San Diego

A Chinese dinosaur fossil of immense potential interest to palaeontologists is circulating between private dealers in Europe, highlighting scientists' concern that the underground trade in such artefacts is inhibiting their study.

The fossil of a psittacosaurid is special because it has outer coverings, known as integuments, protruding along the tail, something not previously observed in the dinosaur group to which it belongs. If it were to be established that these protrusions carried hair or feathers, that could mean that most dinosaurs had these features.

Mark Norell, an expert on Asian dinosaurs at the American Museum of Natural History in New York, says the story is a telling example of how private dealings can hide important scientific discoveries. "This specimen could redefine how we look at dinosaurs," he says. "But we can't say, since no one has studied and published on it. It should be returned to China, where it can be studied in a museum."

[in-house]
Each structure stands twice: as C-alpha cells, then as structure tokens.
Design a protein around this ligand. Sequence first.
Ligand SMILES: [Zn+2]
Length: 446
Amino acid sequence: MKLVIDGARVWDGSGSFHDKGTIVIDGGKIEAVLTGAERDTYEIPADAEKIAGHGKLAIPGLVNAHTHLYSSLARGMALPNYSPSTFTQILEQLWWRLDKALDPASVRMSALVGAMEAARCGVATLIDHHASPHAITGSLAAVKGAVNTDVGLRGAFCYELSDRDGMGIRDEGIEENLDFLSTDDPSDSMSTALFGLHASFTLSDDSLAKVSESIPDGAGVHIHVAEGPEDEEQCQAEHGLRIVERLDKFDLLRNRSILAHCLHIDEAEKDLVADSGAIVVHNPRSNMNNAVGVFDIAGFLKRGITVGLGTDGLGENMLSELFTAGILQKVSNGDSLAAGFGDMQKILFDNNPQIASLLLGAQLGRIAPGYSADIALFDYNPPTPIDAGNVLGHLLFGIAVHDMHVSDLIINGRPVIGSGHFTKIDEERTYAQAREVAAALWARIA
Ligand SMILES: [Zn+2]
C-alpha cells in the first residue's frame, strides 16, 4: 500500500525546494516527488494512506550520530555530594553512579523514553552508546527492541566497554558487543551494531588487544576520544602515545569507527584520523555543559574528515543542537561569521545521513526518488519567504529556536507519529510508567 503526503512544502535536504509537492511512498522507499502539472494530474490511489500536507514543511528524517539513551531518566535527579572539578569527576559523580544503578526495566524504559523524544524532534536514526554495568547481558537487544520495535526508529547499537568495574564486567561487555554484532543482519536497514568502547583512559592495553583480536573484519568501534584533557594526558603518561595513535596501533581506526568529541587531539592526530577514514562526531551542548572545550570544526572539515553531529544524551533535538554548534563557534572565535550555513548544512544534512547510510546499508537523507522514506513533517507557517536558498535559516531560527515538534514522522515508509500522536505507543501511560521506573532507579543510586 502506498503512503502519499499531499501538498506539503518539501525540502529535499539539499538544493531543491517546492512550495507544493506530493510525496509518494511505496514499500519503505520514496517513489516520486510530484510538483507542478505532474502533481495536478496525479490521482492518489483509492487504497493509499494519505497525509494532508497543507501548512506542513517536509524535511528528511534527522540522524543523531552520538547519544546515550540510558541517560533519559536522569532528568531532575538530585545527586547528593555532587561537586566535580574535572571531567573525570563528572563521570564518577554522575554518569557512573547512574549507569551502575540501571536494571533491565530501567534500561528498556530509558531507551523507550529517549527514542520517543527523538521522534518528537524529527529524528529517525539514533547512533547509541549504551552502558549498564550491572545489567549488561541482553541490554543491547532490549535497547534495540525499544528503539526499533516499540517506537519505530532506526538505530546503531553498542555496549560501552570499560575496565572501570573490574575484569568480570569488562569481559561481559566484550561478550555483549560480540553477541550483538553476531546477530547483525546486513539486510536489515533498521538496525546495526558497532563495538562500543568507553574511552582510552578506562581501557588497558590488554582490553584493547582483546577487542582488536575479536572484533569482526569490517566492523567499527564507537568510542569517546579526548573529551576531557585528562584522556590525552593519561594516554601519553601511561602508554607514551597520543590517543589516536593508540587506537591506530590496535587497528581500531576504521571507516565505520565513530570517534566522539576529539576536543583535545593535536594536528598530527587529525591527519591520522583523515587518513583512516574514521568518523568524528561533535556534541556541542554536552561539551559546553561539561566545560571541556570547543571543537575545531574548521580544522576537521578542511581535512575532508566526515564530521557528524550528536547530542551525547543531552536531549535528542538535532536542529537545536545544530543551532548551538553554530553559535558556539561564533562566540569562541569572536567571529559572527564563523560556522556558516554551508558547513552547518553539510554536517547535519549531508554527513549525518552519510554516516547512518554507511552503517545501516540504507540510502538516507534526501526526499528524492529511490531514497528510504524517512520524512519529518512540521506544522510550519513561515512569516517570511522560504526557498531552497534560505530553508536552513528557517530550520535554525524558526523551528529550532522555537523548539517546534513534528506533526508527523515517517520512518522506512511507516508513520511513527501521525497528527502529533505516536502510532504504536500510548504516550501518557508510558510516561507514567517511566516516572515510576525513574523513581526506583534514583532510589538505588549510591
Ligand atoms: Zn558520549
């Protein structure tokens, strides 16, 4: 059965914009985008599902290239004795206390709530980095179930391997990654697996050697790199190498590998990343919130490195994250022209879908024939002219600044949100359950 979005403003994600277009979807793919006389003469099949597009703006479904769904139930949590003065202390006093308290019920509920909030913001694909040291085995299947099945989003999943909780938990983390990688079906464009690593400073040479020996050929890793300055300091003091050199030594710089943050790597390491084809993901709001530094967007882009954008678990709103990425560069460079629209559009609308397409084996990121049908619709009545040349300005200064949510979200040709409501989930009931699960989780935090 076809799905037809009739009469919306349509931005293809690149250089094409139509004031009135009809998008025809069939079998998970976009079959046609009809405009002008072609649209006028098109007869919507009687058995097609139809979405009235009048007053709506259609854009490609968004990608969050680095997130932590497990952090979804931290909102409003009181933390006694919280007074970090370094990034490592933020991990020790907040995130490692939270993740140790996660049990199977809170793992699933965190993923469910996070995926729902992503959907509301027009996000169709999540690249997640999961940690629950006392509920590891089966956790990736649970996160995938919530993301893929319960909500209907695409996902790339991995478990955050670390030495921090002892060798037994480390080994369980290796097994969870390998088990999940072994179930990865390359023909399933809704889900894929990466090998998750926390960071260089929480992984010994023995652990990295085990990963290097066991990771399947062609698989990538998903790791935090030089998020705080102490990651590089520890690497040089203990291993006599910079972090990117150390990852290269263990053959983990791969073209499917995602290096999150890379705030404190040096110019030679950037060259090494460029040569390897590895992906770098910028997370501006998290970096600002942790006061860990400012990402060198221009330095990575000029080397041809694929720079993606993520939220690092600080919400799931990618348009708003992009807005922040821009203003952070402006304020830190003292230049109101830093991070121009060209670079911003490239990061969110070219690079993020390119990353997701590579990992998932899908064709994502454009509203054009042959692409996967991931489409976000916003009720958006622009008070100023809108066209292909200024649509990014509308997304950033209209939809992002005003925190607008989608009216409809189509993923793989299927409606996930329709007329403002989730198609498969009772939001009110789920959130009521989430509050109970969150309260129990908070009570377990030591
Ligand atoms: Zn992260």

According to interviews with palaeontologists and dealers, the fossil has made a mysterious journey through Italy and Germany over the past two years. It was last heard of in the hands of a German dealer.

In recent weeks, the fossil has been the subject of extensive discussion on palaeontology websites, prompted by the publication of a painting thought to show a psittacosaurid in the popular book Extreme Dinosaurs by Luis Rey.

There are two orders of dinosaurs: Saurischia and Ornithischia, the latter of which includes psittacosaurids. Some saurischid fossils show integuments, but none have been positively identified on ornithischids, which would make the psittacosaurid specimen an important first.

Last year, the fossil was being kept in a shop called Stone Age in Trieste, Italy. The shop's proprietor, Flavio Bacchia, says that the German dealer, a geologist, had given him the specimen for cleaning. Bacchia says he sent the fossil for study to palaeontologists at Milan's natural history museum.

A museum researcher says that the fossil was examined there in some detail, but that Bacchia then requested its return. Bacchia says he has now returned the fossil to the German dealer, who did not respond to an interview request. Bacchia also says that while the fossil was in Italy, a failed attempt was made to arrange a collaborative study of it with Chinese palaeontologists.